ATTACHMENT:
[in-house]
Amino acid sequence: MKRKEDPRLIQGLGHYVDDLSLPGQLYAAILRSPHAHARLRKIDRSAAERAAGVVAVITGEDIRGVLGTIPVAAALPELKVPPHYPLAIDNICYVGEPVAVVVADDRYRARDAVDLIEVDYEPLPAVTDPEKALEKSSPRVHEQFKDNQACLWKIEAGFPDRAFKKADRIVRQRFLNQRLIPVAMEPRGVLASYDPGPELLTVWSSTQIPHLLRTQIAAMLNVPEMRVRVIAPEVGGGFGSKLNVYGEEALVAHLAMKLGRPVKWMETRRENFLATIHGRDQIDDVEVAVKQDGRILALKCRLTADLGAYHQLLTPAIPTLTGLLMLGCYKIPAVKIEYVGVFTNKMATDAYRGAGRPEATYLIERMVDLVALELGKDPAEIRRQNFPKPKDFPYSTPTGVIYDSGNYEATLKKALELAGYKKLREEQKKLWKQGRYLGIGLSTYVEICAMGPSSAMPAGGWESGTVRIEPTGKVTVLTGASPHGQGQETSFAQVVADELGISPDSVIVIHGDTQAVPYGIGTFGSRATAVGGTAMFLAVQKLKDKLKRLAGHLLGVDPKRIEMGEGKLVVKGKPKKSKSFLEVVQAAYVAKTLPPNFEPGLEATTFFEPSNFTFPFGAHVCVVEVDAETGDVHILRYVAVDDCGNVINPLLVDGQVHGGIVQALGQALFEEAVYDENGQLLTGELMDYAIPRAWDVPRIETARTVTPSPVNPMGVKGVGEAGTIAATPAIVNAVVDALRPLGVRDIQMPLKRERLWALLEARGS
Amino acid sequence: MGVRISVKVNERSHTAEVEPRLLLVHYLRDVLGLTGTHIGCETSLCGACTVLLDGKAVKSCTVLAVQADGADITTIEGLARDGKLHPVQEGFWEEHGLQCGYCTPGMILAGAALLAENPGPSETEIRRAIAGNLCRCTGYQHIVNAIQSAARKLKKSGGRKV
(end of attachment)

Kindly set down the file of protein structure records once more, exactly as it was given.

[in-house]
Amino acid sequence: MKRKEDPRLIQGLGHYVDDLSLPGQLYAAILRSPHAHARLRKIDRSAAERAAGVVAVITGEDIRGVLGTIPVAAALPELKVPPHYPLAIDNICYVGEPVAVVVADDRYRARDAVDLIEVDYEPLPAVTDPEKALEKSSPRVHEQFKDNQACLWKIEAGFPDRAFKKADRIVRQRFLNQRLIPVAMEPRGVLASYDPGPELLTVWSSTQIPHLLRTQIAAMLNVPEMRVRVIAPEVGGGFGSKLNVYGEEALVAHLAMKLGRPVKWMETRRENFLATIHGRDQIDDVEVAVKQDGRILALKCRLTADLGAYHQLLTPAIPTLTGLLMLGCYKIPAVKIEYVGVFTNKMATDAYRGAGRPEATYLIERMVDLVALELGKDPAEIRRQNFPKPKDFPYSTPTGVIYDSGNYEATLKKALELAGYKKLREEQKKLWKQGRYLGIGLSTYVEICAMGPSSAMPAGGWESGTVRIEPTGKVTVLTGASPHGQGQETSFAQVVADELGISPDSVIVIHGDTQAVPYGIGTFGSRATAVGGTAMFLAVQKLKDKLKRLAGHLLGVDPKRIEMGEGKLVVKGKPKKSKSFLEVVQAAYVAKTLPPNFEPGLEATTFFEPSNFTFPFGAHVCVVEVDAETGDVHILRYVAVDDCGNVINPLLVDGQVHGGIVQALGQALFEEAVYDENGQLLTGELMDYAIPRAWDVPRIETARTVTPSPVNPMGVKGVGEAGTIAATPAIVNAVVDALRPLGVRDIQMPLKRERLWALLEARGS
Amino acid sequence: MGVRISVKVNERSHTAEVEPRLLLVHYLRDVLGLTGTHIGCETSLCGACTVLLDGKAVKSCTVLAVQADGADITTIEGLARDGKLHPVQEGFWEEHGLQCGYCTPGMILAGAALLAENPGPSETEIRRAIAGNLCRCTGYQHIVNAIQSAARKLKKSGGRKV